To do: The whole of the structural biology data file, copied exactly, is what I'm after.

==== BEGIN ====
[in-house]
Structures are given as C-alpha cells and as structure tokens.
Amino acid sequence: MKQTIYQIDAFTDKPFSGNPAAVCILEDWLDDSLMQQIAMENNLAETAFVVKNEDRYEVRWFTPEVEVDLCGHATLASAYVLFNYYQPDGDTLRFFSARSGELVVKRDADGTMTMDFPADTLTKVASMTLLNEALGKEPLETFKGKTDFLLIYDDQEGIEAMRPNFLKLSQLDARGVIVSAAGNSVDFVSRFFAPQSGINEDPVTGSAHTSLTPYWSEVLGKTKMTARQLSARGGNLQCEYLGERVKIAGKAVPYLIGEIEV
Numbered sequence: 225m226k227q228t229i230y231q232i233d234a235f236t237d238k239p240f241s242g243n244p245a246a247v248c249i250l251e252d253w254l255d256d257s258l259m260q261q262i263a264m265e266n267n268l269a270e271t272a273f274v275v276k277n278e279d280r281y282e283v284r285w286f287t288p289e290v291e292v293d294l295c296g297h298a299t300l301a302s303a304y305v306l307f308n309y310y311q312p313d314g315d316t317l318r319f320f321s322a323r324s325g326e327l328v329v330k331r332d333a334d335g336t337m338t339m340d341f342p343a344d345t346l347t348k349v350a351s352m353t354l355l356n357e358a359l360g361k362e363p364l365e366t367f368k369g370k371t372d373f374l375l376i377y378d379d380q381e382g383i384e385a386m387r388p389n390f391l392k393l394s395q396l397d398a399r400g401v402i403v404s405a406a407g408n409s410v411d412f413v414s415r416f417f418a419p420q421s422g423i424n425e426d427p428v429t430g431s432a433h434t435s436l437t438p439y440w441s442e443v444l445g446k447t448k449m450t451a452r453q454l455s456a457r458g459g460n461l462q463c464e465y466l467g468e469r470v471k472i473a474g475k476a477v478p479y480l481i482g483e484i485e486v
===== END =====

[in-house]
Structures are given as C-alpha cells and as structure tokens.
Amino acid sequence: MKQTIYQIDAFTDKPFSGNPAAVCILEDWLDDSLMQQIAMENNLAETAFVVKNEDRYEVRWFTPEVEVDLCGHATLASAYVLFNYYQPDGDTLRFFSARSGELVVKRDADGTMTMDFPADTLTKVASMTLLNEALGKEPLETFKGKTDFLLIYDDQEGIEAMRPNFLKLSQLDARGVIVSAAGNSVDFVSRFFAPQSGINEDPVTGSAHTSLTPYWSEVLGKTKMTARQLSARGGNLQCEYLGERVKIAGKAVPYLIGEIEV
Numbered sequence: 225m226k227q228t229i230y231q232i233d234a235f236t237d238k239p240f241s242g243n244p245a246a247v248c249i250l251e252d253w254l255d256d257s258l259m260q261q262i263a264m265e266n267n268l269a270e271t272a273f274v275v276k277n278e279d280r281y282e283v284r285w286f287t288p289e290v291e292v293d294l295c296g297h298a299t300l301a302s303a304y305v306l307f308n309y310y311q312p313d314g315d316t317l318r319f320f321s322a323r324s325g326e327l328v329v330k331r332d333a334d335g336t337m338t339m340d341f342p343a344d345t346l347t348k349v350a351s352m353t354l355l356n357e358a359l360g361k362e363p364l365e366t367f368k369g370k371t372d373f374l375l376i377y378d379d380q381e382g383i384e385a386m387r388p389n390f391l392k393l394s395q396l397d398a399r400g401v402i403v404s405a406a407g408n409s410v411d412f413v414s415r416f417f418a419p420q421s422g423i424n425e426d427p428v429t430g431s432a433h434t435s436l437t438p439y440w441s442e443v444l445g446k447t448k449m450t451a452r453q454l455s456a457r458g459g460n461l462q463c464e465y466l467g468e469r470v471k472i473a474g475k476a477v478p479y480l481i482g483e484i485e486v